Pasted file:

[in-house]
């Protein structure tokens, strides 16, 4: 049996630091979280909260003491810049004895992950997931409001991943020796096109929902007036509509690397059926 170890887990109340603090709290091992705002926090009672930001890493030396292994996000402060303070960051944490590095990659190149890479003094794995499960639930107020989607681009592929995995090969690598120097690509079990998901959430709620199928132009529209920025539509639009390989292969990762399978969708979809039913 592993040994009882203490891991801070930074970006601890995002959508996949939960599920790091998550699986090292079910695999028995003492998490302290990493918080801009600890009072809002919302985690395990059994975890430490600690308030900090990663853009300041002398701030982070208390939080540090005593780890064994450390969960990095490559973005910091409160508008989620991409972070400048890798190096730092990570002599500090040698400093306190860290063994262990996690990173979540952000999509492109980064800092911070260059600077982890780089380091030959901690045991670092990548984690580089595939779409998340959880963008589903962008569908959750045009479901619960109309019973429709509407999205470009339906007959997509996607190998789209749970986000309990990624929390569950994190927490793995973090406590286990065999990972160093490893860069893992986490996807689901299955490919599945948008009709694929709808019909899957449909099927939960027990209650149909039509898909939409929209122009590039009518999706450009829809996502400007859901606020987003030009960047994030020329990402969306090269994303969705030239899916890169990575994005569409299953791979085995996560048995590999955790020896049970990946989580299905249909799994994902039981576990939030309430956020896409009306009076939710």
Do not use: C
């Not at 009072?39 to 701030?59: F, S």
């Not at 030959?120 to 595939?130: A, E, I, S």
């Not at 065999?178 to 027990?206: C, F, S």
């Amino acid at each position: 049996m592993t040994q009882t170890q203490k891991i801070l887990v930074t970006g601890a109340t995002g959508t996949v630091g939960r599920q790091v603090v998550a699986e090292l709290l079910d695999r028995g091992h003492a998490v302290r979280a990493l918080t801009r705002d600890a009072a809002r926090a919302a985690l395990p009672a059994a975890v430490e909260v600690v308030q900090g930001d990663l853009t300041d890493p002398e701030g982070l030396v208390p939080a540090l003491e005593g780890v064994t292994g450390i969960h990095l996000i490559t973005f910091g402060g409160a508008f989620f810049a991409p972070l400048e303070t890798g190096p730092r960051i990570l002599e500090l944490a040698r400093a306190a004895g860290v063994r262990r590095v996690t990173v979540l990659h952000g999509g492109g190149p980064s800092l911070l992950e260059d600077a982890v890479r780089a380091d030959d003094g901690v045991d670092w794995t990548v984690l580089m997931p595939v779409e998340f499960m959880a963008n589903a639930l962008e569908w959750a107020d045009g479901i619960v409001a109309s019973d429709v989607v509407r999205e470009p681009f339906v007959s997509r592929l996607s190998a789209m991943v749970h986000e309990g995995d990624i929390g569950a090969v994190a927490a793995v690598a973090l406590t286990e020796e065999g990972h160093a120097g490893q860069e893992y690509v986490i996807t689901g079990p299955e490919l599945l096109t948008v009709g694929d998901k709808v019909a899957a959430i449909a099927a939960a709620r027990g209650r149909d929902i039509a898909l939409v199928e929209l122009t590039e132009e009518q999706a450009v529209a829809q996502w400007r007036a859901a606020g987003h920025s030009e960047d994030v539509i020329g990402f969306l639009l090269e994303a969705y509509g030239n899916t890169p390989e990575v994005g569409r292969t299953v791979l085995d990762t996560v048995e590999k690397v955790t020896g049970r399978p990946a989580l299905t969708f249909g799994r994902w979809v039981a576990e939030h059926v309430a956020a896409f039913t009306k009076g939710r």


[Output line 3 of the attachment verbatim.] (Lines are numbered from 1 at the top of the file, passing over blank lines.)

Do not use: C